Business vehicle insurance

Two tradesman in blue tops stood beside a grey van

You must make sure that every vehicle you use for business is properly insured. It’s essential to have insurance that covers how you use the vehicles for business. Ordinary private motor insurance is not usually enough

As a minimum, third party insurance is required for any business vehicle, but you may want to opt for more comprehensive insurance.

Which business vehicles need insurance?

Every business vehicle needs to have the right insurance, whether it's owned (or leased) by the business, by you personally or by an employee.

Any company car or company van you provide for your employees must be insured, whether they are used for business or not. You should also make sure that any privately-owned vehicles that you or your employees use for business are properly insured.

Any cars, vans, trucks or lorries used for deliveries need to be insured. If any vehicles are used to pull trailers, your insurance needs to cover that as well.

Some businesses may have more specialised insurance needs. For example, you might need to insure vehicles that are used to carry passengers, like a taxi or bus, or if you're a driving instructor.

Business use and vehicle insurance

Ordinary private motor insurance typically covers the use of the vehicle for ‘social, domestic and pleasure’ use - but not for business. Depending on the insurance policy, private insurance may not even cover commuting to and from work.

Insurers offer several different classes of business insurance, depending on how the vehicle will be used:

  • Class 1 insurance typically allows you to commute to work and a limited amount of business travel, for example between different work sites or for occasional visits to customers. It doesn't cover making deliveries or door-to-door selling. You may have the option to include your spouse on the insurance.
  • Class 2 insurance typically offers similar cover, but allows you to add one or more named drivers to the policy.
  • Class 3 insurance typically suits employees who drive longer distances at work, such as travelling sales staff. It may allow the driver to carry samples, but not to make deliveries.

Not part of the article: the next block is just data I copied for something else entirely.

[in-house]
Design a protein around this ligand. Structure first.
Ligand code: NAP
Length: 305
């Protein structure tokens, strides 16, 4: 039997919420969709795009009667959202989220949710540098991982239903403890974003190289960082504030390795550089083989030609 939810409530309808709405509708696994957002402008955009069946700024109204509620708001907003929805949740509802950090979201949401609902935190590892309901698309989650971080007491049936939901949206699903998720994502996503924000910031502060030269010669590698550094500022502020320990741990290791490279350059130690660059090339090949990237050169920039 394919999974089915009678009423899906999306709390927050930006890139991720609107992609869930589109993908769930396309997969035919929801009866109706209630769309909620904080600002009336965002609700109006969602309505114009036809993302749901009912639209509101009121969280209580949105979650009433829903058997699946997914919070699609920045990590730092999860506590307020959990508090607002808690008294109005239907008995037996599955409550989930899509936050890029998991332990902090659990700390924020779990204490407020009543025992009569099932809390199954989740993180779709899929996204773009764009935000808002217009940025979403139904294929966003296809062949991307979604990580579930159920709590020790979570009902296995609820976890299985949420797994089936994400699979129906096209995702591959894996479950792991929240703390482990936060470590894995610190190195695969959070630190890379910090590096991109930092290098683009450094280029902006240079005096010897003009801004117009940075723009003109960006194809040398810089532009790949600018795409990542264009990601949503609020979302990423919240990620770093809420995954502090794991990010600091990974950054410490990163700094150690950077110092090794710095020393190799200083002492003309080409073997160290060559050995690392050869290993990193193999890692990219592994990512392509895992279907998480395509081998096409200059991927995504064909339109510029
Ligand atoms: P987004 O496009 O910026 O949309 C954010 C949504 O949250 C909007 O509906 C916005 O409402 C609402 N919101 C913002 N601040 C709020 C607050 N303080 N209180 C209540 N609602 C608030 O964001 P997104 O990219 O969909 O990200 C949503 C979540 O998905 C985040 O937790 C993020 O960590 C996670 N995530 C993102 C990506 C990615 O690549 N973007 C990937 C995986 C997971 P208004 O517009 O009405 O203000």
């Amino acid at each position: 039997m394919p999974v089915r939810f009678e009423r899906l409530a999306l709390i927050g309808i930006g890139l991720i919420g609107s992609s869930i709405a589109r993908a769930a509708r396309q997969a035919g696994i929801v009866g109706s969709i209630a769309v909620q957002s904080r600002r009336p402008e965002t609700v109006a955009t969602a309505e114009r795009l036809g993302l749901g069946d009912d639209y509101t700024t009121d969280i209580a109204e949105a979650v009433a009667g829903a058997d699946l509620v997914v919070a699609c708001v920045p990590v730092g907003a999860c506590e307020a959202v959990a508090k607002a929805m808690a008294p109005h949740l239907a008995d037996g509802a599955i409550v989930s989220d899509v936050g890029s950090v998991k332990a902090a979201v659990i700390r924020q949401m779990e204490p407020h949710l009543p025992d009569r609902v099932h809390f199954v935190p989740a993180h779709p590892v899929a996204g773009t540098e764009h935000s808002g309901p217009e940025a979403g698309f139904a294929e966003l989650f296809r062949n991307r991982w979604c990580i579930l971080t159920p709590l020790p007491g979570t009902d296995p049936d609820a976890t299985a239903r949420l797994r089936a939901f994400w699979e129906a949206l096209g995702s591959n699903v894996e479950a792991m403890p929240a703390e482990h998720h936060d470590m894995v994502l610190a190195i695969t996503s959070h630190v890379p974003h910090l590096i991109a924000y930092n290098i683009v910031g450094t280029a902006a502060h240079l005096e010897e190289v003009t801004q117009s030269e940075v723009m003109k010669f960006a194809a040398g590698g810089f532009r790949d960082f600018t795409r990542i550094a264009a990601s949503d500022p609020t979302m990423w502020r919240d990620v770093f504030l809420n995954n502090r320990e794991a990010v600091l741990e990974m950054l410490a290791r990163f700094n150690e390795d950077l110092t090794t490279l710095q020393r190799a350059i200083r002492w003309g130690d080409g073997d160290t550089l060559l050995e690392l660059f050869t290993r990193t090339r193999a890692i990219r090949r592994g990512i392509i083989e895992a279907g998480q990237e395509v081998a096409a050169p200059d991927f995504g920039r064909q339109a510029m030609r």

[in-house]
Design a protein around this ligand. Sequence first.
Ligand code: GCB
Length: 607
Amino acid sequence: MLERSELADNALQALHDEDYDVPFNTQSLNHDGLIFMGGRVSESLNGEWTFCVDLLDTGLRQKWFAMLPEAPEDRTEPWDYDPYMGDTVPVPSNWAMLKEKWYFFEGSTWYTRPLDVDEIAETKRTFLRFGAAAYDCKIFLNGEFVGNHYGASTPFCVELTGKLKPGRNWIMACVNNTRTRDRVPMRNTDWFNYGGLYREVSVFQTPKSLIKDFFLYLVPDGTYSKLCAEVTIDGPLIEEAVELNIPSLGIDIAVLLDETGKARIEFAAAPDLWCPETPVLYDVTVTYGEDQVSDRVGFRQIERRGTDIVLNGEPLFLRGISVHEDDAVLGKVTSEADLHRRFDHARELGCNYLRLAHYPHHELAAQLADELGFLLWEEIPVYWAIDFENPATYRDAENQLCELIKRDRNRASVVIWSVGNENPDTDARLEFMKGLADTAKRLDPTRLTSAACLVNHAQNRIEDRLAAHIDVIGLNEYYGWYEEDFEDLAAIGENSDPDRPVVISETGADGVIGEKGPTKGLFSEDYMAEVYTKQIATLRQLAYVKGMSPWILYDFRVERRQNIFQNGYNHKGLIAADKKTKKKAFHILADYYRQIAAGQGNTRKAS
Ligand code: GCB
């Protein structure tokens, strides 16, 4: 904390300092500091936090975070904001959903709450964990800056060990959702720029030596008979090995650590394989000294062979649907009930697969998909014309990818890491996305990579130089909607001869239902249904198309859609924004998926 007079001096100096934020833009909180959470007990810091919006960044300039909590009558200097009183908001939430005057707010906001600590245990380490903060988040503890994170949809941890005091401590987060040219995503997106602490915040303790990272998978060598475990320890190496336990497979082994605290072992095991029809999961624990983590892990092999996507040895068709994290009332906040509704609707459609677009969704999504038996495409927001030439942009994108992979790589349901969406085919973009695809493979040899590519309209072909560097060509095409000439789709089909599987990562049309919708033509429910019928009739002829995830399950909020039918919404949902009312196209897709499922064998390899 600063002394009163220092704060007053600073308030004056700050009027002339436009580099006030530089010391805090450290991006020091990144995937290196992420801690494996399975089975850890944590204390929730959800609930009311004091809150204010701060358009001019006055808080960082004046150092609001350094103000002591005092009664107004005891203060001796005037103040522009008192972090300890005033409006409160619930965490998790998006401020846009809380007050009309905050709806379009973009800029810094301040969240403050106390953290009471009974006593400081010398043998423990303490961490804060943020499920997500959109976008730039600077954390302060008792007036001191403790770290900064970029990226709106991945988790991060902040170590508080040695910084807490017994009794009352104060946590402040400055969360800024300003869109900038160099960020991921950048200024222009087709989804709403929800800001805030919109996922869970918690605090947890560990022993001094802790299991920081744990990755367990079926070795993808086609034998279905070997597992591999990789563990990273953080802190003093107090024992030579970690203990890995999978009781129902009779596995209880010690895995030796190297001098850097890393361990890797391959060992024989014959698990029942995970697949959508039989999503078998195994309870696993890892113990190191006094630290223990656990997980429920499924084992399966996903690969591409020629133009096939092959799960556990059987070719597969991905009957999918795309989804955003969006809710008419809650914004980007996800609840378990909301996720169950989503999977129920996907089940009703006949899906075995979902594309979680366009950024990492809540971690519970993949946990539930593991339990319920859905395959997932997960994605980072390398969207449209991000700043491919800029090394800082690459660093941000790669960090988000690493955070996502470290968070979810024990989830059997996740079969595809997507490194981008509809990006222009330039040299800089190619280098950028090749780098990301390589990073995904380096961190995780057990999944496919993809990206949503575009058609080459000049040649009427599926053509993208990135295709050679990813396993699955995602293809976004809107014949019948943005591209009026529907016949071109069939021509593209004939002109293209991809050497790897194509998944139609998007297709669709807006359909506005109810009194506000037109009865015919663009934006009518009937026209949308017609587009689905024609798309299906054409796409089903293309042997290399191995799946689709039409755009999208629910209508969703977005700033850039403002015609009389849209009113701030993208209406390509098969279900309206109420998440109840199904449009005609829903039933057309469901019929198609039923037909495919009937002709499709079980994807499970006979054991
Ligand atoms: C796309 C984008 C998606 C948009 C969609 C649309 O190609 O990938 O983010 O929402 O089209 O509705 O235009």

• Commercial insurance covers other uses of business vehicles, such as for deliveries or carrying passengers.

The definition of each type of insurance, and details of the cover it provides, varies from insurer to insurer. So it’s essential to check that any insurance policy does cover how the vehicle is actually used and all the individuals who drive it.

Your insurance options

Third party insurance is the minimum requirement. This covers injury and damage you might cause to others in an accident, but not any damage to your own vehicle.

You may want to add insurance against fire and theft. You can also opt for comprehensive insurance, to help cover the costs of repairs to your vehicle.

Policy options may include:

  • cover for vehicle contents (such as tools) and/or installed equipment (such as a satnav) up to a set value;
  • insurance for goods in transit carried by a delivery vehicle;
  • insurance and legal assistance if you face a claim or prosecution after an accident;
  • breakdown and recovery services, and a replacement vehicle while repairs are carried out;
  • windscreen repair or replacement;
  • providing replacements if keys are lost, or changing the locks if keys are stolen;
  • protecting your no claims discount if you make a claim;
  • different levels of ‘excess’ that you must contribute towards the costs of any repairs needed;
  • cover for travel overseas.

Controlling business vehicle insurance costs

As with private motor insurance, there are several ways you can help minimise your insurance costs. These may include:

  • choosing vehicles that are cheaper to insure, such as cars in a lower insurance group;
  • ensuring vehicles have high quality alarms and immobilisers installed;
  • keeping vehicles in locked garages when not in use;
  • ensuring that vehicles are locked whenever parked and that contents are removed overnight;
  • restricting who can drive work vehicles and ensuring they are properly qualified and trained, so that you reduce premiums and the likelihood of an accident;
  • reducing business mileage if possible, by avoiding unnecessary journeys;
  • checking how much premiums will be reduced if you accept a higher excess;
  • paying the full insurance cost upfront rather than in instalments.

If you need to insure more than one vehicle, you may be able to reduce your costs with a multi-car or fleet insurance policy.

Shopping around and getting help from an insurance broker can help you find the most cost-effective vehicle insurance to suit your particular requirements.

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